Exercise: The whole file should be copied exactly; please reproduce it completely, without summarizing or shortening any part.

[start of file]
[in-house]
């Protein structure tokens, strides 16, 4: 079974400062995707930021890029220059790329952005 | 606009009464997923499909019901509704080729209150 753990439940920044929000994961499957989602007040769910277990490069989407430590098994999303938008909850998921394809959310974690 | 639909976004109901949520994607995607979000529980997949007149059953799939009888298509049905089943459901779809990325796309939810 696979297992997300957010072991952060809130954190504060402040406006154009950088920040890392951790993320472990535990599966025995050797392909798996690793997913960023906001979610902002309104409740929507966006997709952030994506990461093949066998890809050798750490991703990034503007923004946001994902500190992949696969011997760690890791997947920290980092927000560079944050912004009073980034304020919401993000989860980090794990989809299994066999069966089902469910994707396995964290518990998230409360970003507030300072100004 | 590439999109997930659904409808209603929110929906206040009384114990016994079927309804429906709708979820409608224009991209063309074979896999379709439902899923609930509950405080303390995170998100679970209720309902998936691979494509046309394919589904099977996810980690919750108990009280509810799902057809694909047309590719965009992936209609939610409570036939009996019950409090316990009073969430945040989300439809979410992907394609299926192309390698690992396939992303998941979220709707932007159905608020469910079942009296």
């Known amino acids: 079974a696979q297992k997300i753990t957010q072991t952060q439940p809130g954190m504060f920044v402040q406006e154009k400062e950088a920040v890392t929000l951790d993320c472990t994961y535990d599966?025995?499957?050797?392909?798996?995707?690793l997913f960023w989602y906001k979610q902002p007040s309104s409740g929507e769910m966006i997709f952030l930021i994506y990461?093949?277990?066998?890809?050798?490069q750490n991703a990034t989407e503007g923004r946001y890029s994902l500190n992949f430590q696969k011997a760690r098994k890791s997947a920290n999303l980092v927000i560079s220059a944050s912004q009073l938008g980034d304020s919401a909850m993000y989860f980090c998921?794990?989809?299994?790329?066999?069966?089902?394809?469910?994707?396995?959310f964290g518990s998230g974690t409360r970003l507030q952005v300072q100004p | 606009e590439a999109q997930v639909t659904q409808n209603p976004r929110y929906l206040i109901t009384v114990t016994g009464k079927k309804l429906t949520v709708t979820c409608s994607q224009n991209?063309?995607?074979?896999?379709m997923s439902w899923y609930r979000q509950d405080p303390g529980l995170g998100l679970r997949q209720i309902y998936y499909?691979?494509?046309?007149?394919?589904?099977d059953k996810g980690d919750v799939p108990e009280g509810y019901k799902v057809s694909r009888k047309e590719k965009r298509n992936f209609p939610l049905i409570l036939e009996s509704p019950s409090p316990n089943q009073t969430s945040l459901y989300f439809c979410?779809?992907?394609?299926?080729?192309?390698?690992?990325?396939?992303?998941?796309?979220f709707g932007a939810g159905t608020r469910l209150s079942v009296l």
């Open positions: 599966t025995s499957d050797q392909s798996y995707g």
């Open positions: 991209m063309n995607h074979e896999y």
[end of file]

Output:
[in-house]
């Protein structure tokens, strides 16, 4: 079974400062995707930021890029220059790329952005 | 606009009464997923499909019901509704080729209150 753990439940920044929000994961499957989602007040769910277990490069989407430590098994999303938008909850998921394809959310974690 | 639909976004109901949520994607995607979000529980997949007149059953799939009888298509049905089943459901779809990325796309939810 696979297992997300957010072991952060809130954190504060402040406006154009950088920040890392951790993320472990535990599966025995050797392909798996690793997913960023906001979610902002309104409740929507966006997709952030994506990461093949066998890809050798750490991703990034503007923004946001994902500190992949696969011997760690890791997947920290980092927000560079944050912004009073980034304020919401993000989860980090794990989809299994066999069966089902469910994707396995964290518990998230409360970003507030300072100004 | 590439999109997930659904409808209603929110929906206040009384114990016994079927309804429906709708979820409608224009991209063309074979896999379709439902899923609930509950405080303390995170998100679970209720309902998936691979494509046309394919589904099977996810980690919750108990009280509810799902057809694909047309590719965009992936209609939610409570036939009996019950409090316990009073969430945040989300439809979410992907394609299926192309390698690992396939992303998941979220709707932007159905608020469910079942009296």
């Known amino acids: 079974a696979q297992k997300i753990t957010q072991t952060q439940p809130g954190m504060f920044v402040q406006e154009k400062e950088a920040v890392t929000l951790d993320c472990t994961y535990d599966?025995?499957?050797?392909?798996?995707?690793l997913f960023w989602y906001k979610q902002p007040s309104s409740g929507e769910m966006i997709f952030l930021i994506y990461?093949?277990?066998?890809?050798?490069q750490n991703a990034t989407e503007g923004r946001y890029s994902l500190n992949f430590q696969k011997a760690r098994k890791s997947a920290n999303l980092v927000i560079s220059a944050s912004q009073l938008g980034d304020s919401a909850m993000y989860f980090c998921?794990?989809?299994?790329?066999?069966?089902?394809?469910?994707?396995?959310f964290g518990s998230g974690t409360r970003l507030q952005v300072q100004p | 606009e590439a999109q997930v639909t659904q409808n209603p976004r929110y929906l206040i109901t009384v114990t016994g009464k079927k309804l429906t949520v709708t979820c409608s994607q224009n991209?063309?995607?074979?896999?379709m997923s439902w899923y609930r979000q509950d405080p303390g529980l995170g998100l679970r997949q209720i309902y998936y499909?691979?494509?046309?007149?394919?589904?099977d059953k996810g980690d919750v799939p108990e009280g509810y019901k799902v057809s694909r009888k047309e590719k965009r298509n992936f209609p939610l049905i409570l036939e009996s509704p019950s409090p316990n089943q009073t969430s945040l459901y989300f439809c979410?779809?992907?394609?299926?080729?192309?390698?690992?990325?396939?992303?998941?796309?979220f709707g932007a939810g159905t608020r469910l209150s079942v009296l």
């Open positions: 599966t025995s499957d050797q392909s798996y995707g």
């Open positions: 991209m063309n995607h074979e896999y």